The operating principle for spatial-domain-based modulation is illustrated in Fig. 2(a)
. The *N*-dimensional OAM-based transmitter depicted in Fig. 1(a) is built upon this principle. First, a continuous wave laser diode signal is split into *N* branches by using a power splitter (1:*N* star coupler) to feed *N* electro-optic modulators (EO MODs), such as Mach-Zehnder modulators (MZMs) or I/Q-modulators (I/Q-MODs), each corresponding to one of the *N* OAM modes. As shown in Fig. 2(a), the other input to the *i*th EO MOD, $1\le i\le N,$ is the *i*th coordinate of the signal to be modulated. For example, if an *N*-dimensional signal constellation is used, each EO MOD receives a real-valued number at its input. Thus, an MZM suffices for modulation. On the other hand, one can employ a 2*N*-dimensional signal constellation and feed the resulting 2*N* coordinate values as *N* complex numbers, each containing two coordinates, into the EO MODs. In this case, I/Q-MODs can be used for modulation, and hence, we can refer to each I/Q-MOD as a 2D modulator. We depict in Fig. 2(b) the infrastructure of an EO MOD featuring an I/Q-MOD.

As a final option for EO MODs, we should add 4D modulators, which were discussed in detail in our previous papers [5,7]. In this case, in addition to *N* OAM modes and two quadratures (I and Q), we propose using two orthogonal SAM modes so that the signal constellation can be defined over a 4*N*-dimensional signal space. We refer interested readers to [5,7] for implementation details on a 4D modulator. The scenarios discussed above for spatial-domain-based modulation concerns long-haul applications. For medium-haul and short-haul applications, the *N*-dimensional direct detection version should result in satisfactory performance. Following the EO MODs is the mode-multiplexer. As depicted in Fig. 2(a), *N* independent electrical data streams at the outputs of *N* EO MODs are fed into the mode-multiplexer, which is implemented by using *N* waveguides and taper-core fiber. The tapper core fiber should be properly designed so that orthogonal OAM modes are excited in MMF. At the end of the MMF link, the corresponding signal is mode-demultiplexed. The mode-demultiplexer can be implemented in a similar fashion to the mode-multiplexer. Such an implementation requires the use of the orthogonal demultiplexed modes as inputs to the corresponding set of *N* photodetectors. Instead of using *N* different photodetectors for different modes, it is possible to fabricate a donut-shaped photodetector [13–18], which is able to simultaneously detect all separate OAM modes of interest.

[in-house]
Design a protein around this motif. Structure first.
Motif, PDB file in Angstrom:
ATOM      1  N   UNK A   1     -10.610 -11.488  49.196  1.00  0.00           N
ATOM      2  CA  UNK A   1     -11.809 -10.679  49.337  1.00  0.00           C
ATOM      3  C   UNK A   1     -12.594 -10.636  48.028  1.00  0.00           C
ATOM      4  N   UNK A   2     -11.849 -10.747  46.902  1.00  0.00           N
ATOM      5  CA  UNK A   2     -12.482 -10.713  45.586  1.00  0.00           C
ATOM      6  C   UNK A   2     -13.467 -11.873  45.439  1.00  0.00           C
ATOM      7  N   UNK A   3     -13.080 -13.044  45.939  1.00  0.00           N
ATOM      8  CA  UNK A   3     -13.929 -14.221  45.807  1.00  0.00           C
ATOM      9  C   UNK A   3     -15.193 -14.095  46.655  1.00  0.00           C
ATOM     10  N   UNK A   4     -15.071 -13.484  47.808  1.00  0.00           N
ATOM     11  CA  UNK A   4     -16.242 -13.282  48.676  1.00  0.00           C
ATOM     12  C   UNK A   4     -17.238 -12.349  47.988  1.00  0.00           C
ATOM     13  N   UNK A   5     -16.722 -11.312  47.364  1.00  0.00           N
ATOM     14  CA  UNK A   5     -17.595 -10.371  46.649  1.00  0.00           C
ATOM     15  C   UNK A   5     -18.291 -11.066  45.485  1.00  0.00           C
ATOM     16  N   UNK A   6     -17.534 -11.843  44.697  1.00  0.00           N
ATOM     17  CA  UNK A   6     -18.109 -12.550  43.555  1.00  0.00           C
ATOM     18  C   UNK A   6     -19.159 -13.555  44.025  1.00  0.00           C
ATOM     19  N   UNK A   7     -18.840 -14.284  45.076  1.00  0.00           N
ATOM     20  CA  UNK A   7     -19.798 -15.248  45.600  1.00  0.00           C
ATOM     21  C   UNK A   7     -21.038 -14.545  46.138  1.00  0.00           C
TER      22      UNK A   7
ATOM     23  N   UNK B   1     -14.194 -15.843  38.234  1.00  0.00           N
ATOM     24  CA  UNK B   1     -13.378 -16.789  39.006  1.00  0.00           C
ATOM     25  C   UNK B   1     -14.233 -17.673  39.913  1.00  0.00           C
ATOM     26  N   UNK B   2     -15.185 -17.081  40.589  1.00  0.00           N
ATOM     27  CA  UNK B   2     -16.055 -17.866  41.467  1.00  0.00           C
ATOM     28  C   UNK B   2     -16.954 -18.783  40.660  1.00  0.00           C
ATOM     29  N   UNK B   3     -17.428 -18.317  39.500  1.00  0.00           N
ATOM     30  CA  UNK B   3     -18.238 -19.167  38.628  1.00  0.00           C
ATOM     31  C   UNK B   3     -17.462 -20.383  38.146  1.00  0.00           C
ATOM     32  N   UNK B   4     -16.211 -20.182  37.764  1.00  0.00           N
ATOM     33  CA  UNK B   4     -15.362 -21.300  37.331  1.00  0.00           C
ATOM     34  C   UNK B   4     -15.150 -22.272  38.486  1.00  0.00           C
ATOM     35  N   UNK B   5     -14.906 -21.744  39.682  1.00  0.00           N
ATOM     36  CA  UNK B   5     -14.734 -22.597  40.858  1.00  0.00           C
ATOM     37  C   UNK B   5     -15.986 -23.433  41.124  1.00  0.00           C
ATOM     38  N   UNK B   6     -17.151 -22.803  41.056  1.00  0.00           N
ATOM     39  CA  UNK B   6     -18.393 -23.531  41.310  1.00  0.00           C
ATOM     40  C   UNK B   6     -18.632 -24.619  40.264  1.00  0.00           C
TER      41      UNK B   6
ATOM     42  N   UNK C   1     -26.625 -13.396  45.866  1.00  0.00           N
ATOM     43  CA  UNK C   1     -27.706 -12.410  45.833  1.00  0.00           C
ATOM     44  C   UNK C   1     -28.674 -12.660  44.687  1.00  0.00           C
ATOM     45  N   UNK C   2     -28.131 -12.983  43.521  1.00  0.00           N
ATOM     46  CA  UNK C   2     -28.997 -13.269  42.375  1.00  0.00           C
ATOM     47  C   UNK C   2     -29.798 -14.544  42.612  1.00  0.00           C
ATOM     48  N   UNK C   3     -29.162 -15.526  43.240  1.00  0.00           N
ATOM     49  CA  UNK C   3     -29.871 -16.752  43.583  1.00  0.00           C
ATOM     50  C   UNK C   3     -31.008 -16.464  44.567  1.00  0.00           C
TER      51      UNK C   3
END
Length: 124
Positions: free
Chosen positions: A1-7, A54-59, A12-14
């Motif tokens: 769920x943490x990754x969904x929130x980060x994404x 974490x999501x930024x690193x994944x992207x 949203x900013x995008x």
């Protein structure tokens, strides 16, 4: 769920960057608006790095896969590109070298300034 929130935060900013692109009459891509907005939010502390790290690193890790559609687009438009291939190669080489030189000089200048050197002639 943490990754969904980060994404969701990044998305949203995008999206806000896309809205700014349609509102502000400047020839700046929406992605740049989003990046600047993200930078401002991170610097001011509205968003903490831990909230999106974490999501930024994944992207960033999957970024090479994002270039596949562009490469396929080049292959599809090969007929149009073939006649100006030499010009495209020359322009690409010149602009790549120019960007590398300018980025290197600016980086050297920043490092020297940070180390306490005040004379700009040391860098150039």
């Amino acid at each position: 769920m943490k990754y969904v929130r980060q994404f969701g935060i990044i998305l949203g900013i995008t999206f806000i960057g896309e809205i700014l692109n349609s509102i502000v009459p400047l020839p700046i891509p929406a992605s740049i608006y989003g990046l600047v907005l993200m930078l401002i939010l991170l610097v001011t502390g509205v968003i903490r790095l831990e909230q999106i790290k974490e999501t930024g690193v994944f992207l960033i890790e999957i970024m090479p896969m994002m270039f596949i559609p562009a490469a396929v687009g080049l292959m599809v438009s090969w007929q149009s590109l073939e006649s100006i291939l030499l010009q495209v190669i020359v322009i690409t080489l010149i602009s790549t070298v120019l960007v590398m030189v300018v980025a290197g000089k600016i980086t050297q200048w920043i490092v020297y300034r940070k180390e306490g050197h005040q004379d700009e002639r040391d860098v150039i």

There are many open problems that remain to be solved before mode-multiplexed and polarization-multiplexed, coded, multiband optical system enabling multi-Tb/s optical transport becomes a reality. These pertain to: (i) the fabrication of MMFs with low attenuation and optimum profile index, enabling zero multimode dispersion, (ii) the development of both passive and active MMF devices discussed above, (iii) the analysis of the nonlinear interaction among different modes from both polarizations, and (iv) the development of efficient modulation and coding schemes enabling multi-Tb/s optical transport over MMFs. In the next section, we describe our proposed coded-modulation scheme for an MMF-supported multi-Tb/s optical transport.

## 4. Spatial-domain-based multidimensional LDPC-coded modulation

We introduced spatial-domain modulation principles in Section 3. In this section, we provide a detailed treatment on our proposed spatial-domain-based multidimensional LDPC-coded modulation approach to enable multi-Tb/s optical transport. The proposed approach employs *N* OAM modes for modulation; however, the signal space can be *N*-, or 2*N*-, or even 4*N*-dimensional, as mentioned in the previous section. Here, without loss of generality, we describe the *N*-dimensional modulation case, and hence the corresponding signal constellation coordinates are real-number-valued and the EO MODs in Fig. 2(a) are simply MZMs.

By increasing the number of dimensions, i.e., the number of orthogonal OAM basis functions, *N*, we can increase the aggregate data rate of the system while ensuring reliable transmission at these ultra-high speeds using capacity-approaching low-density parity-check (LDPC) codes [31] at each level. Apart from increasing the aggregate data rate, an *N*-dimensional $(N>2)$ space when compared to the conventional two-dimensional (2D) space can provide larger Euclidean distances between signal constellation points, resulting in better BER performance. The overall system configuration and the transmitter configuration are depicted in Fig. 3
. As shown in Fig. 3(b), *K* independent bit streams coming from different information sources are first encoded using binary LDPC codes, which do not have to be identical codes. The outputs of the encoders are then interleaved by a $(K\times n)$ block interleaver. The block interleaver accepts data from the encoders row-wise, and outputs the data column-wise to the mapper that accepts *K* bits at the time instance *i*. The mapper determines the corresponding *Q*-ary signal constellation point, where $Q={M}^{N}$ and *M* is the number of amplitude levels per dimension, using